For the last several months I noticed that Kelly has been leaving his door open all throughout the day – even when he is in meetings or at lunch. In my last two years of working at Jenco I’ve never known him to have his door open all day – he’d shut it during meetings or when he was super busy, but now it’s open 90% of the time. So I asked him, what gives?
Turns out he’d read an article a few months back about the impact of keeping doors open in the workplace and he’d been conducting his own little study. Kelly shared with me that if we keep our doors open it creates a more relaxed atmosphere, that people don’t get nervous when others are in talking to the boss, and it allows others the opportunity to peek in and say, “Got a minute?”
After my conversation with Kelly he challenged me to do some research and share my findings.
There are a few great reasons why to keep your door open –
If your door is open people will be more likely to stop in when they need something.
I must admit I hate bothering my fellow colleagues when their door is shut. I’ve always felt that if their door is closed, it must mean they don’t want to be bothered. It’s intimidating. So if I needed something and the door was closed I often sat on whatever the issue was, or tried to figure it out another way. (For those of us studying LEAN – what a waste of non-utilized talent, and talk about excess processing!)
I’ve found that keeping my door open has allowed me to learn about things that were happening within our company that I would have never known if my door had been closed. If people feel like they can drop in, they will, especially if they need your opinion on an issue they are having. These conversations are a great opportunity for you to gain a better understanding of what’s happening within the company.
Quick Access to Information
People who shut their doors are really closing themselves out from the rest of the company, because people don’t feel like they can come and talk to them. This results in emails, lots and lots of emails.. (Again, waste of….. motion, transportation and excess processing). It’s so much faster (and easier) to just walk down the hall and ask a question, but if the door is closed many resort to email.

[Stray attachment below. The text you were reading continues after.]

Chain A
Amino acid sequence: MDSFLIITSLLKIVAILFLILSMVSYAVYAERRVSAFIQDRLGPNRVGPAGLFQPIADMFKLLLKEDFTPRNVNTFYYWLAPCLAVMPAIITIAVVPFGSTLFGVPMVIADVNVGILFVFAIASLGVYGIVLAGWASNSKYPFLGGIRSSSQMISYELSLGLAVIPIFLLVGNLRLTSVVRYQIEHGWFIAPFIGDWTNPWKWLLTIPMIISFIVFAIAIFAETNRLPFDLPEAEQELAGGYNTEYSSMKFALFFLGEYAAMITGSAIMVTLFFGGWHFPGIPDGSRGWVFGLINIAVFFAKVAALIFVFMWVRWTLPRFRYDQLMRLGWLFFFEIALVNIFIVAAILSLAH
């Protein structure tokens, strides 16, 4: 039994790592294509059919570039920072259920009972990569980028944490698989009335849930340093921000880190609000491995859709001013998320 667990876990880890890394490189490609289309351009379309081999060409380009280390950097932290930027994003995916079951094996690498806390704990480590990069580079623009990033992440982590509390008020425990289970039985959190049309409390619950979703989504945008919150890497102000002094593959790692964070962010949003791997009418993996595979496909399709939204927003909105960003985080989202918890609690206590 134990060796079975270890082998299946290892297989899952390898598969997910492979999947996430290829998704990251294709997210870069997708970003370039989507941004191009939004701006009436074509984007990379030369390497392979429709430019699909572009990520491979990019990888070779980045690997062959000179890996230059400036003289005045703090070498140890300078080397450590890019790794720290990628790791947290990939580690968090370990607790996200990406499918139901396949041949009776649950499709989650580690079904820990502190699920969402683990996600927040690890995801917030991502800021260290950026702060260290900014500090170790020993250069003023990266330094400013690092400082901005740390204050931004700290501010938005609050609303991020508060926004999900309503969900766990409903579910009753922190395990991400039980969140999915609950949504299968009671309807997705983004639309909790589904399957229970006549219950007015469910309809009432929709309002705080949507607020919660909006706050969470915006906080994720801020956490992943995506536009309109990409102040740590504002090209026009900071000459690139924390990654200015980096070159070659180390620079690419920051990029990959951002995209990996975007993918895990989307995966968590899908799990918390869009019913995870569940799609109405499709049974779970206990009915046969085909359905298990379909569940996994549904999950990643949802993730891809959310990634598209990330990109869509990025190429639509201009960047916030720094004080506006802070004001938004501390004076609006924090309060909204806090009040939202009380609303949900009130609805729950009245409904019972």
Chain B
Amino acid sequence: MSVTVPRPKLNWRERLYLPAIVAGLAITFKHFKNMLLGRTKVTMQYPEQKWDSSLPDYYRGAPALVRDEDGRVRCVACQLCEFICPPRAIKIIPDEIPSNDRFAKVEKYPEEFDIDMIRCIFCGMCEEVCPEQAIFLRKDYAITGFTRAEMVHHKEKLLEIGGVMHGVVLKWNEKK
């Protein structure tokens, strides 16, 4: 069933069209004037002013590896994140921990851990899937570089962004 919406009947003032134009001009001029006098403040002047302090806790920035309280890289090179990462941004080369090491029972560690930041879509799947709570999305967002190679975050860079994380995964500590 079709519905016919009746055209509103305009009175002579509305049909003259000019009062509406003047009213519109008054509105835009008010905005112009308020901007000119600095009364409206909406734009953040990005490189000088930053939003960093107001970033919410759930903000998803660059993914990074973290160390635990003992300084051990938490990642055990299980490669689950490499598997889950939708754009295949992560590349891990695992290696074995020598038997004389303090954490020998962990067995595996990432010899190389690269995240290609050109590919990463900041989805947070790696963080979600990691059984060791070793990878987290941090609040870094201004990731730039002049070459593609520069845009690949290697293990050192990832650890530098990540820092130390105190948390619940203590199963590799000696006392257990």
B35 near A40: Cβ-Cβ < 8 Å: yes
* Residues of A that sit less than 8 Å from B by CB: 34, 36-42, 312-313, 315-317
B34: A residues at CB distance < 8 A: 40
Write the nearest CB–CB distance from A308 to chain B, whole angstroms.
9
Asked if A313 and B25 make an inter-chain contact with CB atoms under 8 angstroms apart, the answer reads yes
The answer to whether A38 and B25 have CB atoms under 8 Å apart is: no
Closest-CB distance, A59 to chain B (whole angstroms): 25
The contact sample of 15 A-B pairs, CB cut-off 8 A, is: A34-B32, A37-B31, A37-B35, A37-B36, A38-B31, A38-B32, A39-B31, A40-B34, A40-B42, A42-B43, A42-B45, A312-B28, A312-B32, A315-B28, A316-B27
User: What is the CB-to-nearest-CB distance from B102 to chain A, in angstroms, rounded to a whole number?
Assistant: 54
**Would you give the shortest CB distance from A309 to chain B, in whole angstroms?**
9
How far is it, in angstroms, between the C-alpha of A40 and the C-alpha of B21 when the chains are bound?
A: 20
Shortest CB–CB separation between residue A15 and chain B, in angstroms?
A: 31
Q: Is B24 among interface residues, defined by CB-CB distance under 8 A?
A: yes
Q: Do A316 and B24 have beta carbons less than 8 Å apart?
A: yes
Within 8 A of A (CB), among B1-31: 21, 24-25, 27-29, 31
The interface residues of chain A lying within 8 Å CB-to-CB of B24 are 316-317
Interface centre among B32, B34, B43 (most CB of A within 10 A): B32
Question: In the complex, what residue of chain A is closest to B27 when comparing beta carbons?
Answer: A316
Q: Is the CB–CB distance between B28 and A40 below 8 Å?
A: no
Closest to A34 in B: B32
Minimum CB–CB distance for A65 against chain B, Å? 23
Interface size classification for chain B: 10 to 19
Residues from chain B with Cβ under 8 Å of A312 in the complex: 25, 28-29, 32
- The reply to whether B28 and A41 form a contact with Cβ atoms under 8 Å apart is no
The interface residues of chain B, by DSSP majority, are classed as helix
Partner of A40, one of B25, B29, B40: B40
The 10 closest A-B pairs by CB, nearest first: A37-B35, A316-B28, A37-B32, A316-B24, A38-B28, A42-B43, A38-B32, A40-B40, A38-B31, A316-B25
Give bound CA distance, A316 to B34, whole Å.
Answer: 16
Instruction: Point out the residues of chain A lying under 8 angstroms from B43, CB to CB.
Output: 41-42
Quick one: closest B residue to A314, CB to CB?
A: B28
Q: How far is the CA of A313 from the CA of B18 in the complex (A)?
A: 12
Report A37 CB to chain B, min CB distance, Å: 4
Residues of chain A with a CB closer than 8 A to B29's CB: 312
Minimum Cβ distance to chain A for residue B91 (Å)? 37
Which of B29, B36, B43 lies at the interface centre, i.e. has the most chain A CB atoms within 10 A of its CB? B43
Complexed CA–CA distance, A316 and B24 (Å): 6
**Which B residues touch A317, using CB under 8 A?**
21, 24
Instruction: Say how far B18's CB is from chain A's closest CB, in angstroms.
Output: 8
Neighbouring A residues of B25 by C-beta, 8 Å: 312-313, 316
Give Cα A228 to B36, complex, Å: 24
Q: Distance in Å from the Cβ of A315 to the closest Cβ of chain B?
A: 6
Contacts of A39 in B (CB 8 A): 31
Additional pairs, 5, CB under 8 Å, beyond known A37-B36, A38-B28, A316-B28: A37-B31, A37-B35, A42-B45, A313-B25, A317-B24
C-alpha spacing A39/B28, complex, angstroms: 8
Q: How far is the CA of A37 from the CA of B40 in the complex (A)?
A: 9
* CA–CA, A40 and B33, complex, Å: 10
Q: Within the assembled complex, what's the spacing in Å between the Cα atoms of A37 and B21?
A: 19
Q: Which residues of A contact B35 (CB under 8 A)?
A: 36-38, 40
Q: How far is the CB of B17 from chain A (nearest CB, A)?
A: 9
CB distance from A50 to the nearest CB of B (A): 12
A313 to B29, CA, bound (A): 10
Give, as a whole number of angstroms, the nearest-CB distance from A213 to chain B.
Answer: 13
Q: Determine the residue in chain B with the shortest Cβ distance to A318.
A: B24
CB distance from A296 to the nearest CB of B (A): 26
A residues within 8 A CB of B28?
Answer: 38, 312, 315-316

Great example – There were a few of us meeting in Kelly’s office a few weeks back and Kelly said, “Get with Joe this week about xyz.” Kelly’s door was open during the meeting and it turns out Joe’s was as well because he popped in towards the end of our meeting and gave me the information I needed. Awesome!
Open doors create a relaxed workplace. No one has to wonder what others are talking about, or get anxious when their called into the principal’s (I mean boss’) office. There are no super-secret meetings going on, which reduces anxiety, lowers the intimidation factor and makes everyone more approachable. We are a transparent company to all of our customers – including our employees.
So how have I done keeping my door open? I’ve noticed I get more done because my door is open 98% of the time. I definitely noticed that I have people in my office a lot, but I’m getting a lot accomplished in a shorter amount of time.
I’ve also gotten into the habit of walking to whoever I need to speak with for a few minutes instead of sending an email. In the last month or so, I’ve noticed my fellow colleagues doing the same.
Lastly, in the last few months I’ve learned a lot about the people I work with and the company. I’ve been able to partake in projects and give my input on things that I wouldn’t have even known about if my door was closed.
So now I challenge you – purposefully make yourself available and transparent to those you work with by keeping your door open. Something so simple could have such a deep impact on your work life.